Therefore, in light of His fatherly patience and love, how should we live? First, we should be incredibly grateful and live not according to our own perfectionistic standards, but according to His pity and grace. For living by grace is what the walk of faith is all about. Second, we should learn to show the same kind of pity and patience toward others. After all, if God is willing to give us time we need to grow, who are we to expect instant maturity from others?
In his book, Zorba the Greek, Nikos Kazantzakis recalls a simple yet poignant event that shaped much of his thinking. “I recall the morning I found a cocoon in the bark of a tree just as the butterfly was preparing to come out. I waited a while but it was slow in appearing and I was impatient. I bent over and breathed on it to warm it as quickly as I could and the miracle began to happen before my eyes. The case opened and the butterfly started slowly crawling out. But I shall never forget my horror when I saw how its wings were folded back and crumpled. The butterfly tried with its whole trembling body to unfold them. Bending over it, I tried to help it with my breath, in vain. It needed to be hatched patiently. The unfolding of its wings must be a gradual process in the sun. Now it was too late. My breath forced the butterfly to appear before its time. It struggled valiantly and a few seconds later died in the palm of my hand. That little body is a great weight on my conscience today. Now I realize that it is a mortal sin to rush the laws of nature. We must not hurry. We must patiently obey the eternal rhythm. If only that little butterfly could always flutter before me to show me the way.”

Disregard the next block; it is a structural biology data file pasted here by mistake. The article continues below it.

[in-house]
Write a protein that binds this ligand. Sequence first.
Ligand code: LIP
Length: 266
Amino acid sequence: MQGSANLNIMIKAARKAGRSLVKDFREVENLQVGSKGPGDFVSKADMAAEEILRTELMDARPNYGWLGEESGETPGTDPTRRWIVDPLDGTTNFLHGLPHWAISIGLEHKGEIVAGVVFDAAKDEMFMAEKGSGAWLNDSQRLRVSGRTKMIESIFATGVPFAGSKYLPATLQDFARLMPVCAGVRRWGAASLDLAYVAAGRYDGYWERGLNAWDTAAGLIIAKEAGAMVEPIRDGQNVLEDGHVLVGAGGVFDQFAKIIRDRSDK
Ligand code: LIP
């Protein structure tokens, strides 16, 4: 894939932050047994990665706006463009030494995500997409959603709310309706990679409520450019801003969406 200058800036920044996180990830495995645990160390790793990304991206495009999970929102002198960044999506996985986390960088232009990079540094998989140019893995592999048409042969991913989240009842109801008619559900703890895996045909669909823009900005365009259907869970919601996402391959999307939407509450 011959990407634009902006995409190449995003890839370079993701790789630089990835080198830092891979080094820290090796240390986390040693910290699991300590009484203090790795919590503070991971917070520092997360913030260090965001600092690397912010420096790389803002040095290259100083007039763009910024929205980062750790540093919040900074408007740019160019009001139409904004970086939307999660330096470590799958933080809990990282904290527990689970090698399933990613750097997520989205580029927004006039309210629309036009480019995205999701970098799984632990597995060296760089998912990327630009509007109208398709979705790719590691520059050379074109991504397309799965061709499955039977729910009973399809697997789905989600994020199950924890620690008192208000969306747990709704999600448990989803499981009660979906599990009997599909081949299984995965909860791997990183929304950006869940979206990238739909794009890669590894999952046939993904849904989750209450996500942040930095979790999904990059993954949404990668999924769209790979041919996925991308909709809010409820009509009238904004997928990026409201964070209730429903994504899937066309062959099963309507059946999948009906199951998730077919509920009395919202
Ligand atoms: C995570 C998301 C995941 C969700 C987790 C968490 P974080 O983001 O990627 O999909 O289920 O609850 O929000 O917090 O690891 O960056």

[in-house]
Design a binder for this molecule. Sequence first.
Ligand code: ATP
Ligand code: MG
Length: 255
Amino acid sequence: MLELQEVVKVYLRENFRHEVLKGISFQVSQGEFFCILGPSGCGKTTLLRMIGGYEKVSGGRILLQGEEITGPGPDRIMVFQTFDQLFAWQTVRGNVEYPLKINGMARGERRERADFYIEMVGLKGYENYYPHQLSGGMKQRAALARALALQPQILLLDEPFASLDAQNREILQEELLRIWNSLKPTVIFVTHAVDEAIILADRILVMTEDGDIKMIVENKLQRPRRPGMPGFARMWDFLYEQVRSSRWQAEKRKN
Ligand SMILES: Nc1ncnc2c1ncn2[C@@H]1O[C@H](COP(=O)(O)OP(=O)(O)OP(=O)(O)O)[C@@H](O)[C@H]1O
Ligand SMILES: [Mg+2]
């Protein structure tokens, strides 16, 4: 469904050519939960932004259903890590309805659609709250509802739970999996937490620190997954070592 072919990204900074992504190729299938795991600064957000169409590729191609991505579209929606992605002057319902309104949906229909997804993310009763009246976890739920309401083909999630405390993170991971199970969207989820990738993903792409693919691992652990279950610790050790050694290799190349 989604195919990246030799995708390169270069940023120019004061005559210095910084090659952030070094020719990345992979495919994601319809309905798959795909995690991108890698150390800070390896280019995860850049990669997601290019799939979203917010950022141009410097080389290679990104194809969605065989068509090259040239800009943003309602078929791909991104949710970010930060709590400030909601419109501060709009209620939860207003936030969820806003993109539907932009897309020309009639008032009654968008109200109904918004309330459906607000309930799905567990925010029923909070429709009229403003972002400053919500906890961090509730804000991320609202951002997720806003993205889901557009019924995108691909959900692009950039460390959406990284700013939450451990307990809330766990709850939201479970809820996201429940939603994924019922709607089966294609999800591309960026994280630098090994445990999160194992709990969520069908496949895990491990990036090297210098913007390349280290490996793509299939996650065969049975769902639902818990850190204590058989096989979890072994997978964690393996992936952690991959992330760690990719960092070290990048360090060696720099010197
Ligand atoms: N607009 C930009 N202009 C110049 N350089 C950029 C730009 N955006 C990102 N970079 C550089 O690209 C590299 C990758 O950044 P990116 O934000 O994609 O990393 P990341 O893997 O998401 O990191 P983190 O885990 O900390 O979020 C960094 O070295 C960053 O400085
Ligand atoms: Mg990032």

I share that because I believe it’s one of our greatest sins. Instead of pitying each other’s weaknesses, as our Heavenly Father does, we become impatient with one other demanding rapid if not instant growth. What we need to remember is that God is at work in their lives too, even in the life of the most annoying person you know, not expecting her to know today what He plans to teach her tomorrow, but gently and persistently nudging her to become like Christ. This is the reason for Paul’s warning in Romans 14: “Who are you to judge another man’s servant? To his own master he stands or falls. Indeed, he will be made to stand, for God is able to make him stand.” For 2 Corinthians 5:18 goes on to promise, “We all with unveiled face, beholding in a mirror the glory of the Lord, are being transformed into the same image from glory to glory, just as by the Spirit of the Lord.”
Let me leave you with this beautiful reminder from 1 Corinthians 13, the love chapter: “Love suffers long and is kind…love is not easily provoked, thinks no evil; does not rejoice in iniquity, but rejoices in the truth; bears all things believes all things, hopes all things, endures all things.”
(Next time: “God’s Patience as Our Judge”)